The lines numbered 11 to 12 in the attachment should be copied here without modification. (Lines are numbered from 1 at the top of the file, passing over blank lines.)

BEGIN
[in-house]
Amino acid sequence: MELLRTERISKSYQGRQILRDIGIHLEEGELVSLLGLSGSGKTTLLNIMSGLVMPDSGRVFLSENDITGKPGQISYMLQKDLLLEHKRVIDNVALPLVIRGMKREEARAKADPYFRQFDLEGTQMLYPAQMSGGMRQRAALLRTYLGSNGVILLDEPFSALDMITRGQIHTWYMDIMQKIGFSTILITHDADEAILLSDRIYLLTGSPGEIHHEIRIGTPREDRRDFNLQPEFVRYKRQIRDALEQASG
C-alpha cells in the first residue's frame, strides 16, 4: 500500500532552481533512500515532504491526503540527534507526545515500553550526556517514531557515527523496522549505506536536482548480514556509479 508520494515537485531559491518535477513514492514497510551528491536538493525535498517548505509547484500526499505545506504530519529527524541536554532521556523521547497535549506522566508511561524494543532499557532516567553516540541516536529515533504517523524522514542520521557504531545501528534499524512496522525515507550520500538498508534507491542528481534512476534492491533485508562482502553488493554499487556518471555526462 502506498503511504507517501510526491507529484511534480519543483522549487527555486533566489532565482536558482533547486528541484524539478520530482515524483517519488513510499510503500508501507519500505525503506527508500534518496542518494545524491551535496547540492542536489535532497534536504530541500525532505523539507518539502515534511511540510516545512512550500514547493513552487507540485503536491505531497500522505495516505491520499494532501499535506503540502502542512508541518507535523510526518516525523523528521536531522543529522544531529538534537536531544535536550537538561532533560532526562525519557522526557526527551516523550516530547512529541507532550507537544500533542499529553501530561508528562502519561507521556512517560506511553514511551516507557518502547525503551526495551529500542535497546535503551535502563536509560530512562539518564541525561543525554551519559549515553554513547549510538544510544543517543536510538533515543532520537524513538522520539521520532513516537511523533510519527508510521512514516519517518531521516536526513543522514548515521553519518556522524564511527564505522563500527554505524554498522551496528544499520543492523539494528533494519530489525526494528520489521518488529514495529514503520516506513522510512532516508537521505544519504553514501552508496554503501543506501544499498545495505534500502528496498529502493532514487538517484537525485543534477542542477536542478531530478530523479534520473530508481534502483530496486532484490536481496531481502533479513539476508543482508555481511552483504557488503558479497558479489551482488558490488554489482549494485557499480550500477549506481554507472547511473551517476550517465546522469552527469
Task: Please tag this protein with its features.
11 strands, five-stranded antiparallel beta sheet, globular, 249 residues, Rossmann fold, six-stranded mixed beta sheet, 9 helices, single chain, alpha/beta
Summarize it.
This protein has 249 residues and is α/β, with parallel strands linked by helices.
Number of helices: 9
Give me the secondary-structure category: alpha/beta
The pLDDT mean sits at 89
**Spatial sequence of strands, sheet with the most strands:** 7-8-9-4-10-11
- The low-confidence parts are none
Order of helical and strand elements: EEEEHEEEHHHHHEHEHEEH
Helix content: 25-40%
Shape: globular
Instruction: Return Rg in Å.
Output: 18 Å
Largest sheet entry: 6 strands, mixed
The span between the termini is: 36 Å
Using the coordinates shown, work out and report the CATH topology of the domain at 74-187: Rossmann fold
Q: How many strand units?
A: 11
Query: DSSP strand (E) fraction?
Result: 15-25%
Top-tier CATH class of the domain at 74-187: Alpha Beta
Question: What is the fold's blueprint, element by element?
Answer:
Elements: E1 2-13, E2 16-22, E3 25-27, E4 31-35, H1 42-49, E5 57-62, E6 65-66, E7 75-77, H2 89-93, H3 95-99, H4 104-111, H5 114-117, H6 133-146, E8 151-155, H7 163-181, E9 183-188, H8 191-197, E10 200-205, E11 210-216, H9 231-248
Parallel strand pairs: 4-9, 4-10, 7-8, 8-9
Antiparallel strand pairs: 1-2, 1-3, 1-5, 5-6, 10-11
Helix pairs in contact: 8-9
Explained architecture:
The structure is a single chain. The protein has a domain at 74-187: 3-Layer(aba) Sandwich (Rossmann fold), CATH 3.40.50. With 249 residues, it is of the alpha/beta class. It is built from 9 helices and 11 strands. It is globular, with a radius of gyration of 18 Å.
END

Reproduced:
**Spatial sequence of strands, sheet with the most strands:** 7-8-9-4-10-11
- The low-confidence parts are none